You can usually find these services by searching the official site of the military base the member is assigned to before deploying. You can also look up family readiness or family support programs in the base telephone directory.

In addition to official help from the military, there is also deployment assistance offered by Veteran Service Organizations and military-related non-profits such as the Air Force Aid Society, Navy/Marine Corps Relief Society, etc.


How Can I Help My Spouse/Son/Daughter Prepare for A Military Deployment?

There are many highly recommended pre-deployment preparation steps a service member and family can take to make the entire experience less stressful. Parents, spouses, and loved ones can help by encouraging the service member and family to take as many of the following steps as possible ahead of getting orders to deploy:

  • Create a long-range budget
  • Establish allotments
  • Determine who will write checks, pay bills, etc. during the deployment
  • Create or update a Last Will And Testament
  • Arrange for payment of insurance policies including auto insurance, life insurance, etc.
  • Determine the need for a general or specific power of attorney
  • Establish rules regarding children’s discipline, chores, curfew, and other needs
  • Distribute the unit First Sergeant’s contact information among loved ones
  • Develop a good support system: family, friends, church, school, co-workers, family readiness support groups and hobbies
  • Plan family days with quality time and no interruptions before and after deployment
  • Create family routines that can be established before and after the deployment
  • Plan activities to maintain the deployed loved one’s presence including photos, video, cards and letters, etc.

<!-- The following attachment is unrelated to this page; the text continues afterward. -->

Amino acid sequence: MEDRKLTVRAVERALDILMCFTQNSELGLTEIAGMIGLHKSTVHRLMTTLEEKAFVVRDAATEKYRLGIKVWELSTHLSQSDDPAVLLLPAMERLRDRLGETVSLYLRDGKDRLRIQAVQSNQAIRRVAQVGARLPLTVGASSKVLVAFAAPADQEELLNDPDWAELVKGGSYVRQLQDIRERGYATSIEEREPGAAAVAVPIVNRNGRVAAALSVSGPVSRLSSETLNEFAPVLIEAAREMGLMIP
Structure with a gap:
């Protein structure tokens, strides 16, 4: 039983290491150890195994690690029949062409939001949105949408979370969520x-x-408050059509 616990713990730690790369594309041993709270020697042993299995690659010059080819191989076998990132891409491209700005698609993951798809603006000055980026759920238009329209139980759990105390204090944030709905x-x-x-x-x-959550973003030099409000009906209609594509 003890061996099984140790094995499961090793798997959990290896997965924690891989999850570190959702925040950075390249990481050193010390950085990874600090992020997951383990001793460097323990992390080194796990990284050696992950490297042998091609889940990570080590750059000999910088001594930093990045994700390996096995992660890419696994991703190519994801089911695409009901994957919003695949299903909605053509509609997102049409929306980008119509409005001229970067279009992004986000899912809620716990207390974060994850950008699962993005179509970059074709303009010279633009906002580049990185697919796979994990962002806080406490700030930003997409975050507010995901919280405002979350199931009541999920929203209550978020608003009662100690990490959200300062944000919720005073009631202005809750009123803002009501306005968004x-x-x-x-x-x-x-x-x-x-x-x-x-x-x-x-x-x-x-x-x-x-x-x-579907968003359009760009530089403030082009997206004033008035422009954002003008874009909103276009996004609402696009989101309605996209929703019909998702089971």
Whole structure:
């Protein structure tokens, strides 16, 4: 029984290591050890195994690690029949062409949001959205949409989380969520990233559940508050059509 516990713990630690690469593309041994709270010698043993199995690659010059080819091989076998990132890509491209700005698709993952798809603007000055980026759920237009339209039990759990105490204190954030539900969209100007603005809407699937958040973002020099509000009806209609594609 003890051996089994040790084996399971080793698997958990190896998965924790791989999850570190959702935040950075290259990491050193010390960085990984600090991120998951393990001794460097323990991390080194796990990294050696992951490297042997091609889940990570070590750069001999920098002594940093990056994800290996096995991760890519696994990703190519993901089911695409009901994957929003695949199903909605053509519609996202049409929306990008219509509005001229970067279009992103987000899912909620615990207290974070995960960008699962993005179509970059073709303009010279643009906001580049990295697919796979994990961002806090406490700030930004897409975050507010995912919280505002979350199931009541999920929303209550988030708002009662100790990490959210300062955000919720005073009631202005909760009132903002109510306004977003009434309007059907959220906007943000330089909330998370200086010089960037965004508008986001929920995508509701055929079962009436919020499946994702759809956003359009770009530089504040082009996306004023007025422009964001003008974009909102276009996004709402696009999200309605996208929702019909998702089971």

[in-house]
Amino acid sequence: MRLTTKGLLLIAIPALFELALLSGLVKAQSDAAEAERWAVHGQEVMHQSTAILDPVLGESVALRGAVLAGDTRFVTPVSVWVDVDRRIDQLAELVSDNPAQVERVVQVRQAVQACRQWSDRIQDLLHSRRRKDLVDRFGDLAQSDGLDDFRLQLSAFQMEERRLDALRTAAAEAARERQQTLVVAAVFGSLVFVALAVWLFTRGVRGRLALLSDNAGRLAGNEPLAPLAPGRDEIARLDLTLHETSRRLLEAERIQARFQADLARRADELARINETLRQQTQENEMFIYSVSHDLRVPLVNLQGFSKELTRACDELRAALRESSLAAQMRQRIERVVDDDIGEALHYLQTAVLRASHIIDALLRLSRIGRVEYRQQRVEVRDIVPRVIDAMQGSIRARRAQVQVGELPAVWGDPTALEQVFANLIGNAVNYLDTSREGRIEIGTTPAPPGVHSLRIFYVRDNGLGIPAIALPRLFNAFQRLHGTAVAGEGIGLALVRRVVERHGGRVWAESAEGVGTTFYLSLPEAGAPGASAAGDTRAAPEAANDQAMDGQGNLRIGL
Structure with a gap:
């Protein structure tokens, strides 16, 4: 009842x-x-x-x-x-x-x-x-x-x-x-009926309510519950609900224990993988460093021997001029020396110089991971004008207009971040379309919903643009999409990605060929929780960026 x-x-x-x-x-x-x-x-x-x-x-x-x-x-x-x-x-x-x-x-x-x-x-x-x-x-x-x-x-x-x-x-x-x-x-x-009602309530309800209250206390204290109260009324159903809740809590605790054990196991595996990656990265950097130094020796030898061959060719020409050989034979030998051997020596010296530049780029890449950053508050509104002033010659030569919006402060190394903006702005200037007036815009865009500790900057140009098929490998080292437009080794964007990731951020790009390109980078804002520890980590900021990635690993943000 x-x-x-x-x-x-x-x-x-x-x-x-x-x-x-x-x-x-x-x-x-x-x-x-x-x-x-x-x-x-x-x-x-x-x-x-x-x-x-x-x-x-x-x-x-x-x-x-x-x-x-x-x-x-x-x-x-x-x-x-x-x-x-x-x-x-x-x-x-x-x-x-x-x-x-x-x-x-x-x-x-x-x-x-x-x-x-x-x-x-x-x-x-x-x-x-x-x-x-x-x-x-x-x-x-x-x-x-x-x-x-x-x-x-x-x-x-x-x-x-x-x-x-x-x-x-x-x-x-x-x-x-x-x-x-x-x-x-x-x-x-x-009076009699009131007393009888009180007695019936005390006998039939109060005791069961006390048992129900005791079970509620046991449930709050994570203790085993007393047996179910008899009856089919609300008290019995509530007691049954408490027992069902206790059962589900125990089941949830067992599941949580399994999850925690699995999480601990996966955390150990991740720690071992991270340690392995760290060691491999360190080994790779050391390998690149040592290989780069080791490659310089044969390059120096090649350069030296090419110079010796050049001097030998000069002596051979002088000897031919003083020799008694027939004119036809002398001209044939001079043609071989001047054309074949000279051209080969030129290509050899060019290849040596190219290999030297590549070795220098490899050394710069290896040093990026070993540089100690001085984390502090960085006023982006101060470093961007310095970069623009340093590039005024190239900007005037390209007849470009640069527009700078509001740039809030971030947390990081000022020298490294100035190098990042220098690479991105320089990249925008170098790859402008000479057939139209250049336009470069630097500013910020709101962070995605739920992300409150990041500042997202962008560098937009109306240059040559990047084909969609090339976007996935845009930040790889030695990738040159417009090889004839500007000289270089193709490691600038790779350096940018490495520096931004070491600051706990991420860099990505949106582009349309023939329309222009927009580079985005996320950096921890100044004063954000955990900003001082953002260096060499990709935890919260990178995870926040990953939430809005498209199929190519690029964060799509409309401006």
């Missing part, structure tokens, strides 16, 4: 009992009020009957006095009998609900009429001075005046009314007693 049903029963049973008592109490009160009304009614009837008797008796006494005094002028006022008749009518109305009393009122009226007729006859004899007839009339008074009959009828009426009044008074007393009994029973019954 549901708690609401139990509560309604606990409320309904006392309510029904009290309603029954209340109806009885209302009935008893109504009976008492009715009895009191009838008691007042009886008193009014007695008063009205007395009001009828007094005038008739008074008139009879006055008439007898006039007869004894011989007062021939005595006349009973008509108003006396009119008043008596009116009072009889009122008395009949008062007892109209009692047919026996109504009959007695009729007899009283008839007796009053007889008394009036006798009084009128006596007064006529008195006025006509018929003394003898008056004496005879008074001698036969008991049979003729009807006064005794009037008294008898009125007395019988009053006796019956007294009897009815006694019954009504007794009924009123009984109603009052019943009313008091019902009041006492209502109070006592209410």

Do I Need A Power Of Attorney for My Deployed Child?

Powers of attorney are very important in the absence of a servicemember. Any child care, health care, home loan, rent, storage, or related issues involving legally binding agreements may require a power of attorney so a loved one can act on the service member’s behalf.

A general power of attorney is often discouraged. This gives the bearer a wide range of powers over the finances and other areas of a service member’s life. It should only be used when there is a high degree of both need and trust.

A limited power of attorney is better in many circumstances. But as the name implies, it will only be good for the specifically authorized activities listed in the power of attorney. It cannot be used in a general way.

It’s best to discuss the need and implications of using a power of attorney with loved ones long before a deployment.


Where Do I Get A Power of Attorney?

Contact the base Legal Office or Staff Judge Advocate office to learn how you can schedule an appointment to get a power of attorney. Depending on the size of the military base, mission requirements, and other variables you may be able accomplish this on base. You will be directed to the office most used in these circumstances in your area.

Have a different question?

Information from: – additional resources on this page may be useful to families experiencing the deployment of a loved one.